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FATA disk vs Fibre Channel for Exchange and SQL workloads

FATA disk or Fibre Channel drive? How do they compare in terms of performance and failure rates? Which is best for an Exchange 2007 and SQL infrastructure?

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To understand whether a FATA disk or a Fibre Channel drive is the most appropriate drive type for Exchange 2007 and SQL, you need to know the performance characteristics of each drive type and that required by the applications. Fibre Channel and SATA drives have been around for a number of years, and their performance characteristics are fairly well-known -- Fibre Channel for performance and SATA for capacity -- but FATA drives are not as widely available and less is known about them.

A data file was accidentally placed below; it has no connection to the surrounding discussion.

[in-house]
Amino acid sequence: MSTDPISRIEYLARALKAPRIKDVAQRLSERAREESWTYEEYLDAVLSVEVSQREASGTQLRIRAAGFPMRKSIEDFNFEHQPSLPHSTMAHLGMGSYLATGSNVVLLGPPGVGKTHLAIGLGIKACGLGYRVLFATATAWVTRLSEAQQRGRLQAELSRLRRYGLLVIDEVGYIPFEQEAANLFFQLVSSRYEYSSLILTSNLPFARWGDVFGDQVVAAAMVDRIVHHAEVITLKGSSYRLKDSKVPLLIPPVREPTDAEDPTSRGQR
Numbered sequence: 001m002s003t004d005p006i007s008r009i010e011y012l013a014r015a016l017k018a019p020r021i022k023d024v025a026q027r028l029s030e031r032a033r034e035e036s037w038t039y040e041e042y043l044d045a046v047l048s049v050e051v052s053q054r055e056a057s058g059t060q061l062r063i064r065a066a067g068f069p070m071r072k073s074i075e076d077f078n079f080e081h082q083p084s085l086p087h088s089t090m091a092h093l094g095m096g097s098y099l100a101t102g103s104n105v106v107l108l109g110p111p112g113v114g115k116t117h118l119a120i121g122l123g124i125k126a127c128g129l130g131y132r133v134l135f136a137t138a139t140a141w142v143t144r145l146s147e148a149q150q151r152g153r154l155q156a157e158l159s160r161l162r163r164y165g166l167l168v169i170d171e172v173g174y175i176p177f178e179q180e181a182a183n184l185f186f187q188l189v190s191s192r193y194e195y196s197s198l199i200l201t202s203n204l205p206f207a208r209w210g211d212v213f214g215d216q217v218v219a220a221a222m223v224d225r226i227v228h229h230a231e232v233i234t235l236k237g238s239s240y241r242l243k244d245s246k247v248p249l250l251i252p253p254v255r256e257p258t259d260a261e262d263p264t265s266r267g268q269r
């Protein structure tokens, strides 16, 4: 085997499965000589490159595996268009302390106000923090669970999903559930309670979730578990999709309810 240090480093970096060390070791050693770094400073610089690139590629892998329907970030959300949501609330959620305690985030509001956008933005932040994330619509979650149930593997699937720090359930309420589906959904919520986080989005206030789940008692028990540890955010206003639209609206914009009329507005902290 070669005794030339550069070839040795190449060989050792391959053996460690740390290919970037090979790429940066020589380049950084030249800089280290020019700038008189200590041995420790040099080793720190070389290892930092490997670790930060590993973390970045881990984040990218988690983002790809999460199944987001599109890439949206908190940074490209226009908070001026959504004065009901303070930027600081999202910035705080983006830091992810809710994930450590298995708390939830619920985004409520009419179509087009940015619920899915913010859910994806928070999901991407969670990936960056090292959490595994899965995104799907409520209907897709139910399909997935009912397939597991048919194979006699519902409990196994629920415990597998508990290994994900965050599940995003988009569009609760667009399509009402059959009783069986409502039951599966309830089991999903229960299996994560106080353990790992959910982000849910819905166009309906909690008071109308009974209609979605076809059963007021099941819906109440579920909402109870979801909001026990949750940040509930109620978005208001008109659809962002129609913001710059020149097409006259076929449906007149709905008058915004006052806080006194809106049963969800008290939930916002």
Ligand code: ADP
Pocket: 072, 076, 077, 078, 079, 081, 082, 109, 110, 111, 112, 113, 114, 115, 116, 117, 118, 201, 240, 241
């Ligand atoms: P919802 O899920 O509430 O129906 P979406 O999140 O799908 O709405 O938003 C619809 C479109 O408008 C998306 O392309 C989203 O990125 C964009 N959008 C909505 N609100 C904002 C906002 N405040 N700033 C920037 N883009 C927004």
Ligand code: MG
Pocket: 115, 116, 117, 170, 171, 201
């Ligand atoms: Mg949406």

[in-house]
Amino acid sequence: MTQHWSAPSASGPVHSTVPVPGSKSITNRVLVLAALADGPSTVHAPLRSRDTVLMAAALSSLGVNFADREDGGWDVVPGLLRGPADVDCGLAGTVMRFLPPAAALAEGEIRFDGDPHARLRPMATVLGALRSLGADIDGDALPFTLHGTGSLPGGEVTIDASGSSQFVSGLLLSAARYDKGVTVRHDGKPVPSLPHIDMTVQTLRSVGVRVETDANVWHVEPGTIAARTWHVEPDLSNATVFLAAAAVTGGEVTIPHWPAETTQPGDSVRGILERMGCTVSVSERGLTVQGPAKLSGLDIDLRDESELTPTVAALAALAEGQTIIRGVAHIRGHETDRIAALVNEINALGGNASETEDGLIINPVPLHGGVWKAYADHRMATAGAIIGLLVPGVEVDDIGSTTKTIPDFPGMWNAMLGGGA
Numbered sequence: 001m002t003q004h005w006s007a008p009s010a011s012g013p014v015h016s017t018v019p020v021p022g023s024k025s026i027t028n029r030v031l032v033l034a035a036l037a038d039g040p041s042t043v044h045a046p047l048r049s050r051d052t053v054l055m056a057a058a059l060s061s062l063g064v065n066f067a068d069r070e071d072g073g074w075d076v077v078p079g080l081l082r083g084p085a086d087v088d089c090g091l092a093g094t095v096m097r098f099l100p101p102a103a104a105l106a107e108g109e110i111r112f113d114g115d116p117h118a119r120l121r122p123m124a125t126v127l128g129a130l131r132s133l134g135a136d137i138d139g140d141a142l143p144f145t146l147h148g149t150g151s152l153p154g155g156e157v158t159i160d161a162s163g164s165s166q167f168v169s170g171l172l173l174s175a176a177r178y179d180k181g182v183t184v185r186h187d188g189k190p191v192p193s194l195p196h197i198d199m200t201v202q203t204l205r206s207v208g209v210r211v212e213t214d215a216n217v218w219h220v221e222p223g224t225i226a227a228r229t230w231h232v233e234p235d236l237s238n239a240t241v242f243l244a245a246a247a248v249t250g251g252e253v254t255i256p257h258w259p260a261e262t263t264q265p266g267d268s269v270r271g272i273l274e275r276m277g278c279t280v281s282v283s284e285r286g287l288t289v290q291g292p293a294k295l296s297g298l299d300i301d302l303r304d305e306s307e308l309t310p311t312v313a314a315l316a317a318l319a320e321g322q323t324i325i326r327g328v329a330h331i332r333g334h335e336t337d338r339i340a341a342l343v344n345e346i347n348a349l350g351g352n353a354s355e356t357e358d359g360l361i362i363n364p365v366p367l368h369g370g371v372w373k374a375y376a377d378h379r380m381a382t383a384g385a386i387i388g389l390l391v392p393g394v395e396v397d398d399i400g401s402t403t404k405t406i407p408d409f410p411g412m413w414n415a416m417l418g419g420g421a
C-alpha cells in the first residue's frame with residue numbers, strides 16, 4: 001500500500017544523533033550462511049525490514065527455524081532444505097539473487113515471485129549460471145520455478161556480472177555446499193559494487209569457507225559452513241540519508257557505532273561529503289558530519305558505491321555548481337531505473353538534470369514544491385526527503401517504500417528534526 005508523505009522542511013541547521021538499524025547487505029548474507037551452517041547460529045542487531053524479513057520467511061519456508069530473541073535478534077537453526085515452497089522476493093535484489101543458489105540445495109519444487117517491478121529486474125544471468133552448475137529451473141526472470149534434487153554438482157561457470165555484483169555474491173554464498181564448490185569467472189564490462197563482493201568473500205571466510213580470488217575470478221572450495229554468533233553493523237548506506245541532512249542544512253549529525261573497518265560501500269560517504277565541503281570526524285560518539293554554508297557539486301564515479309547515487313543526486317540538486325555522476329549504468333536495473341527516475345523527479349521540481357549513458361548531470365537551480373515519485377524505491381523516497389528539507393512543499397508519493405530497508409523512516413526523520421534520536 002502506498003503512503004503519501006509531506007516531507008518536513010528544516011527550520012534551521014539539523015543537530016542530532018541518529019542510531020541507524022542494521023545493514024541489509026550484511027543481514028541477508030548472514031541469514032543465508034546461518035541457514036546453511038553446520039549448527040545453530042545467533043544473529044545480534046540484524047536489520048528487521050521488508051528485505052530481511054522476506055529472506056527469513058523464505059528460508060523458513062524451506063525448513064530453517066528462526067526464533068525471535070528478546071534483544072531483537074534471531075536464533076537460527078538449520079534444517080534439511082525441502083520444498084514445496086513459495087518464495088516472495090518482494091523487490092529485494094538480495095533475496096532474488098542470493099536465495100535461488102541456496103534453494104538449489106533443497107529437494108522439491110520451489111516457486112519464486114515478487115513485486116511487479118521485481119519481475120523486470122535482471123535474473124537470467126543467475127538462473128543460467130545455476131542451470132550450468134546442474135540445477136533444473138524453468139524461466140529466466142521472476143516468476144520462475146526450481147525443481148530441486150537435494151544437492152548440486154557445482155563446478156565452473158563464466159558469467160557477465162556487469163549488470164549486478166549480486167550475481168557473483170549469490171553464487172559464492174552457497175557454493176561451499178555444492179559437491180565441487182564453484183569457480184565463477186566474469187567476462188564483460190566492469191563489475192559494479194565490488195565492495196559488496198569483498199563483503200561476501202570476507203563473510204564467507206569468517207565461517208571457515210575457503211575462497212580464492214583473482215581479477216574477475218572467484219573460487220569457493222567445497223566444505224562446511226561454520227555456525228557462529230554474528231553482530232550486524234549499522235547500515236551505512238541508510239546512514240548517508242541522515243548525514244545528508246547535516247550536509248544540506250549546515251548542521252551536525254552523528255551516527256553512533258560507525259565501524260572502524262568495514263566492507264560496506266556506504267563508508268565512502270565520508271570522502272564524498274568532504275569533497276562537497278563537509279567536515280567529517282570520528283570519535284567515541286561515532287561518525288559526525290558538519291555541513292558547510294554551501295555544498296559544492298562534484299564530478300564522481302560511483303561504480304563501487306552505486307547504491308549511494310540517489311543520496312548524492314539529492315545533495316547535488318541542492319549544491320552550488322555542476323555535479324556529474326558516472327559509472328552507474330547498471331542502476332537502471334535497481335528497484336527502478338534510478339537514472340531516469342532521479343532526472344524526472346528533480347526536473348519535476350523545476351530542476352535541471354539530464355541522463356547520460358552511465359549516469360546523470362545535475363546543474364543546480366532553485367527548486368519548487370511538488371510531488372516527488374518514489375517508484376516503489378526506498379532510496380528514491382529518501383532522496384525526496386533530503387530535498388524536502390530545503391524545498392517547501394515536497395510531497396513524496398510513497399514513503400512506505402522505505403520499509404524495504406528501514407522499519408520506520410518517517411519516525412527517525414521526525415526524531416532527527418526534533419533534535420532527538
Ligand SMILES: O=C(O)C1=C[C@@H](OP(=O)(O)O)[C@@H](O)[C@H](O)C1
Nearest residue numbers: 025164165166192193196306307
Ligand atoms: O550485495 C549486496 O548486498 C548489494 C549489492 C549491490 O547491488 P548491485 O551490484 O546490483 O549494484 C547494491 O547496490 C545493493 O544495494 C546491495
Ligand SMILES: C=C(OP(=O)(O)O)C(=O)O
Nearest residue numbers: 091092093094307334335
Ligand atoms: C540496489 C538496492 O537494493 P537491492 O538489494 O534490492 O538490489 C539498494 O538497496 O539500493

Common sense would indicate that the “F” in FATA stands for “Fibre” and that the “ATA” stands for the standard “Advanced Technology Attachment”-type mechanism that is used in SATA drives.

Common sense in this case would prove correct, but does this mean performance is more like Fibre Channel than SATA, or more like SATA than Fibre Channel? In fact, a FATA drive is a little more than a SATA drive with an altered interface that allows it to be inserted into certain storage arrays without a separate enclosure. The underlying performance will therefore still be similar to that of a standard SATA drive and should not be considered for low-latency or intensive workloads.

Therefore, when considering S/FATA for an application such as Exchange or SQL, you need to understand the workload characteristics of the application. For a small SQL application, S/FATA may be entirely suitable; however, for more intensive workloads, Fibre Channel is the more appropriate choice.

Traditionally, Exchange has been an application that by default would sit on Fibre Channel hard disks. Even though Microsoft has reduced the disk performance requirements of Exchange 2007 and Exchange 2010 over previous versions, it is still important to understand the expected workload of the Exchange design, so you can select the most appropriate disk type and configuration.

This was first published in May 2011

 

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